And that we know that greenbacks (sic) take more capital -- I don't want to say more capital, but they certainly take more time to get to that point of breakeven. And that I feel fully confident that this team can build a greenfield and run it profitably and get it into breakeven time in a very short period of time. But that's also something that we are going to work into.

Most importantly, when we go into this marketplace, we are going to go where we already have strength. We're not to go right into a brand-new market that we have never touched before. We're going to take the three markets that we are in -- Arizona, New Mexico, and California -- and really leverage our existing network to add whether it's a buyback or a greenfield in those markets. And so yes, we have started to do the work on that.

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Mike Malouf, Craig-Hallum Capital Group - Analyst [10]

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Okay, great. And then just a final sort of follow up. Roughly what is the average age of the clinics at this point?

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John Meloun, The Joint Corp. - CFO [11]

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The total portfolio is averaging about 45 months in age right now. The buybacks are just about 56 and our greenfields are averaging 24 months in operation.

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Mike Malouf, Craig-Hallum Capital Group - Analyst [12]

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Okay, great. All right, thanks a lot for the help. Appreciate it.

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Operator [13]

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(Operator Instructions) Peter Rabover, Artko Capital.

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Peter Rabover, Artko Capital LP - Analyst [14]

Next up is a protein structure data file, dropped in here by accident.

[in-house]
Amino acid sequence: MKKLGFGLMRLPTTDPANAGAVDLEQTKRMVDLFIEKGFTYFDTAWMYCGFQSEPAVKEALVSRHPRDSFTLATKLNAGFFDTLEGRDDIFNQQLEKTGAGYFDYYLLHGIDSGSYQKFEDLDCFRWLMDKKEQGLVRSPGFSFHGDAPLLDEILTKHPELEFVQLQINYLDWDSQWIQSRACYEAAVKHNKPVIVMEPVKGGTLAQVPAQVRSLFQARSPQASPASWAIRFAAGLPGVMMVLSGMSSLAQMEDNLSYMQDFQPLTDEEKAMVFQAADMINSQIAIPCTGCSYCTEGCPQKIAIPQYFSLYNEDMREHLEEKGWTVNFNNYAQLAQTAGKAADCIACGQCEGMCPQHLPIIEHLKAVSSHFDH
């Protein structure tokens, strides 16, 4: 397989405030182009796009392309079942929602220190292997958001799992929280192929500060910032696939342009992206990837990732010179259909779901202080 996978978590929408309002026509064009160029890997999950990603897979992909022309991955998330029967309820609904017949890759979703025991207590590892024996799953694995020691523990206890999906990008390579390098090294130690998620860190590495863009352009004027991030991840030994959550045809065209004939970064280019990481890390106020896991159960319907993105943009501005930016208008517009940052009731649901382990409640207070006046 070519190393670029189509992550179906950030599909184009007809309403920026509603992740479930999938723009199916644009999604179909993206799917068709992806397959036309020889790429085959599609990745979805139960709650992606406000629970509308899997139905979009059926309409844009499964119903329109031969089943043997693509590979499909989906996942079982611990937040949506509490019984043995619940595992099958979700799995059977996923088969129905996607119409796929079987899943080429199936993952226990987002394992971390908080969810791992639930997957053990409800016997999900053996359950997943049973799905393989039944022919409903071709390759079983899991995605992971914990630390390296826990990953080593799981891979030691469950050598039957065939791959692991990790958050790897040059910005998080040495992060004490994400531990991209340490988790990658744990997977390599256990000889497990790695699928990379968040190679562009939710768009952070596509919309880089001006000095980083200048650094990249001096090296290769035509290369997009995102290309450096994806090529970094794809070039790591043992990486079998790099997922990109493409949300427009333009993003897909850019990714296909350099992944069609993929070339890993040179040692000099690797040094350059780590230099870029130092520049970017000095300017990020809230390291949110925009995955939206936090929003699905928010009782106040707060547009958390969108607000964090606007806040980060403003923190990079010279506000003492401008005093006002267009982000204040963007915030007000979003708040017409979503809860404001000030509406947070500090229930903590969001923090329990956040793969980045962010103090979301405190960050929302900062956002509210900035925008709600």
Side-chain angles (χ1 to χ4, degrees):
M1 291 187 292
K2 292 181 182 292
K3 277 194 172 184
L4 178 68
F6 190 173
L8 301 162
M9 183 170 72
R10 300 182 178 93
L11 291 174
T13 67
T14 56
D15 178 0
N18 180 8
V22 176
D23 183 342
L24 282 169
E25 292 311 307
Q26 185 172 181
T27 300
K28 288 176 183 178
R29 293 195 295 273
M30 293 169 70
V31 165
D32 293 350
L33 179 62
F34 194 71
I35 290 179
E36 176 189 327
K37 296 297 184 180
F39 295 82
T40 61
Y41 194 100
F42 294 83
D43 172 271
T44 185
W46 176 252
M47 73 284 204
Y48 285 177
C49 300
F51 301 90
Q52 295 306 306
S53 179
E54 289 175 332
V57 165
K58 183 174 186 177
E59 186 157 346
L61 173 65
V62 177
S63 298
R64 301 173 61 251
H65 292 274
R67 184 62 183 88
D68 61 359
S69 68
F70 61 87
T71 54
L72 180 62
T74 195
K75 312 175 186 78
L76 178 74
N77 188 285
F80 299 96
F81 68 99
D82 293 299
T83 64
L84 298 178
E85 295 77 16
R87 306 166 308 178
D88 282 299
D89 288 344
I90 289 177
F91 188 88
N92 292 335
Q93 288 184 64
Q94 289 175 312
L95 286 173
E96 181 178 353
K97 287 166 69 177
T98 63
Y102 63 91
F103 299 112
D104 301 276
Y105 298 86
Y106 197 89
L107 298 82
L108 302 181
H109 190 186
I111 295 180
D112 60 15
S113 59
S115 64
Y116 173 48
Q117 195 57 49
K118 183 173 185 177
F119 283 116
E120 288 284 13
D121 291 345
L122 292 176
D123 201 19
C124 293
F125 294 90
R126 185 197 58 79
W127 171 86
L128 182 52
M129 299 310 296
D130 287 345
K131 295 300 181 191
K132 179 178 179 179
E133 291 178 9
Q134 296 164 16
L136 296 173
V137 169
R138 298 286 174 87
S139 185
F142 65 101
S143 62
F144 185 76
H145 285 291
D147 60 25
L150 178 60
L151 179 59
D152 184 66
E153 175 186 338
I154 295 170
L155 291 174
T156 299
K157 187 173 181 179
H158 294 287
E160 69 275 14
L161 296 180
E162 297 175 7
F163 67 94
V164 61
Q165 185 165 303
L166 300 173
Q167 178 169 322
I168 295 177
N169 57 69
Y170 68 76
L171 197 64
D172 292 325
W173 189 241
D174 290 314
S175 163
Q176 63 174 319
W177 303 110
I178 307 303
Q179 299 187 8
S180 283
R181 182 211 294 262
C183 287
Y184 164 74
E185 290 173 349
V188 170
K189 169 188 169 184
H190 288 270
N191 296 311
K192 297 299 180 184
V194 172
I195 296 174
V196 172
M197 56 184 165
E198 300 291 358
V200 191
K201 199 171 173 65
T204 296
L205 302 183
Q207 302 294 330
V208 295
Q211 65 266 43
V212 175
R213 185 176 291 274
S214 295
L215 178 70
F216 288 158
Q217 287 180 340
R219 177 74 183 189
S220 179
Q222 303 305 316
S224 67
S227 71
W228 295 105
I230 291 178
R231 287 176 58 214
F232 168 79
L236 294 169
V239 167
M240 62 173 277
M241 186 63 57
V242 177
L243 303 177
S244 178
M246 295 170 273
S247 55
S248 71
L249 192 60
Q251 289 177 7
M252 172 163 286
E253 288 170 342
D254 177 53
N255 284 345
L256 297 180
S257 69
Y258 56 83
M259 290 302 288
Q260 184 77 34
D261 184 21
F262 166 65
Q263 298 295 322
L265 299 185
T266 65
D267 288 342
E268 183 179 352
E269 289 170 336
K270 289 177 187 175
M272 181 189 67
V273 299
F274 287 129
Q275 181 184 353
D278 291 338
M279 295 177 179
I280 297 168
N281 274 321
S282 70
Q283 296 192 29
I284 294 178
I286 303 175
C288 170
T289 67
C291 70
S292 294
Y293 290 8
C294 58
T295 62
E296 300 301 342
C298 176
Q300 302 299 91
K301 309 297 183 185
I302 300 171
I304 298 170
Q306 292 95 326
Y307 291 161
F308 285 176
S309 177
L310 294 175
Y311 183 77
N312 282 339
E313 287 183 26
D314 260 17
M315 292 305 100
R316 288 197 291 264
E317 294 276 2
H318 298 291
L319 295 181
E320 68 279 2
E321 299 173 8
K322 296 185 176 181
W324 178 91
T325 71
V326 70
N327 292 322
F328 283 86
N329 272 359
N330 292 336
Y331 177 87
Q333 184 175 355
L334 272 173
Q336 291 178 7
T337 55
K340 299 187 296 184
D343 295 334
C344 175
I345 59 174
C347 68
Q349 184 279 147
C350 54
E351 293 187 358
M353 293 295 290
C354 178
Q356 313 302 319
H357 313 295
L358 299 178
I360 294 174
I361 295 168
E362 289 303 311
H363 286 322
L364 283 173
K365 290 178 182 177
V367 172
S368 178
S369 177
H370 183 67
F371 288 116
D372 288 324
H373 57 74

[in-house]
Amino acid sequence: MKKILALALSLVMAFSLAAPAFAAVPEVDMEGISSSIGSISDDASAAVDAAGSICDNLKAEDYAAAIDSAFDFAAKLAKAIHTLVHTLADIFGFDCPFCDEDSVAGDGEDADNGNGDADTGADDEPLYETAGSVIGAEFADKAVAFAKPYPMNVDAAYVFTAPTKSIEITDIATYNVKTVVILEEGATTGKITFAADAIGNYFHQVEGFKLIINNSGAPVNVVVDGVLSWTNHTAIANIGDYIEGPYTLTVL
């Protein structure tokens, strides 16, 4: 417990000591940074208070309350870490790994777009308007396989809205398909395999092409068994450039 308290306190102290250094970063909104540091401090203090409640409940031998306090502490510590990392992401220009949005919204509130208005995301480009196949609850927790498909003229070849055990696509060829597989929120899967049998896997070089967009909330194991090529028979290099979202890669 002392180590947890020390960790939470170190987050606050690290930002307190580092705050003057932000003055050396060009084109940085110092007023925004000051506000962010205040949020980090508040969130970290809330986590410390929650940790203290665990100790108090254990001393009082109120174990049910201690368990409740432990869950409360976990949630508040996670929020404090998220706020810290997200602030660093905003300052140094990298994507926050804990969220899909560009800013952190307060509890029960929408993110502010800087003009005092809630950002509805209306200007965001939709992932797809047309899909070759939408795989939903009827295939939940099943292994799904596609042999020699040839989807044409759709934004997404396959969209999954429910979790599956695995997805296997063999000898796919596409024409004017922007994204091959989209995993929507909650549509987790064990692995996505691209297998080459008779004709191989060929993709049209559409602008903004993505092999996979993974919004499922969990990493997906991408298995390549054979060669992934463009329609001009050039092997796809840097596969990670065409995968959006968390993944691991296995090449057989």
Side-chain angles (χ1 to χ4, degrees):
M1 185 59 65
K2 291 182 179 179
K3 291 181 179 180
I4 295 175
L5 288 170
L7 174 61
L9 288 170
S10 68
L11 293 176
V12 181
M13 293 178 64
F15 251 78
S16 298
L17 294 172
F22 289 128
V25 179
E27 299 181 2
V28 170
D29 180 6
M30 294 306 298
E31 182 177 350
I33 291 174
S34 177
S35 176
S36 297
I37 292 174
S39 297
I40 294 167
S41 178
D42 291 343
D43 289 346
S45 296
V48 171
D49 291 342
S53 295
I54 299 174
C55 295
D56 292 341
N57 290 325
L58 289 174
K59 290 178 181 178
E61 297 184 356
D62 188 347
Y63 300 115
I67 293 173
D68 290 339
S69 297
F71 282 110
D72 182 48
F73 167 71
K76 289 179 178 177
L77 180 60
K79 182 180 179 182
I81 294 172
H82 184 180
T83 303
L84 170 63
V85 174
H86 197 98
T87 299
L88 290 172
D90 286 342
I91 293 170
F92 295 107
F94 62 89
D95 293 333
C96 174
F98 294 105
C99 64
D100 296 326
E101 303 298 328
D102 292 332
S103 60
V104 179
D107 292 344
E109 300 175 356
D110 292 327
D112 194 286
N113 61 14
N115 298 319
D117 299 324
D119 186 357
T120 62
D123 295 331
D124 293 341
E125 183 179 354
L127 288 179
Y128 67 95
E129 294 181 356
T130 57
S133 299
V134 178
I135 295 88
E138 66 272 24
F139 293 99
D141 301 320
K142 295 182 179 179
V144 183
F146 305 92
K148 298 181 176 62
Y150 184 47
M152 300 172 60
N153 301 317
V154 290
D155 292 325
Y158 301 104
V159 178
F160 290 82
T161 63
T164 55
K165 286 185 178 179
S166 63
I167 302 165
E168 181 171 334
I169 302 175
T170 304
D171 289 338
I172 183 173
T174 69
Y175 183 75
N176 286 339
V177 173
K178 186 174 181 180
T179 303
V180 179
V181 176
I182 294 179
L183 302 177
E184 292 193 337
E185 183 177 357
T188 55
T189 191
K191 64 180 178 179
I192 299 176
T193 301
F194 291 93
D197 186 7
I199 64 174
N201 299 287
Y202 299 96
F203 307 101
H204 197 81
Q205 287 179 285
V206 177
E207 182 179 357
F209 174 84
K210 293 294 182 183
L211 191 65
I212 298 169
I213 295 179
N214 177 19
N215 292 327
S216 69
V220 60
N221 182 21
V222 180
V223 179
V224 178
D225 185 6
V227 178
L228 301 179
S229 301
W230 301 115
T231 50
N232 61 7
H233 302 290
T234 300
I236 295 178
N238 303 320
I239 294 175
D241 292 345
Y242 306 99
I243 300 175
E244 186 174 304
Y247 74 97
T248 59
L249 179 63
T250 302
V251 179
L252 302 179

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So I wanted to talk a little bit about the guidance. So you had -- so your revenue guidance increase is about $5.3 million to $6.3 million and your delta for the EBITDA increase is $2.6 million to $3.6 million.

So I guess -- which is about a 45% to 50% flow-through. And so I'm just wondering what are the increases in costs that are making that flow-through less than 100%?

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John Meloun, The Joint Corp. - CFO [15]

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When you look into 2018 and beyond, one of the things that you have to take into account compared to the historical 2017 numbers we presented is the 2018 guidance now takes into account the new ASC 606 accounting standards. So it's a slightly different lens from which you would look at how the openings and the RDs impact our revenue.

As we move forward into 2018 and we look at the P&L in total from an operating expense standpoint as we return to developing corporate clinics, there is some additive costs related to some costs that we'd have to put in place to support building out greenfields. So that plays into not from a material standpoint, but there is additional costs there that we have budgeted in for greenfields and the cost of buybacks. So those are some of the variables that kind of sway into the topside increase, but some of the additional costs we need to add for developing clinics.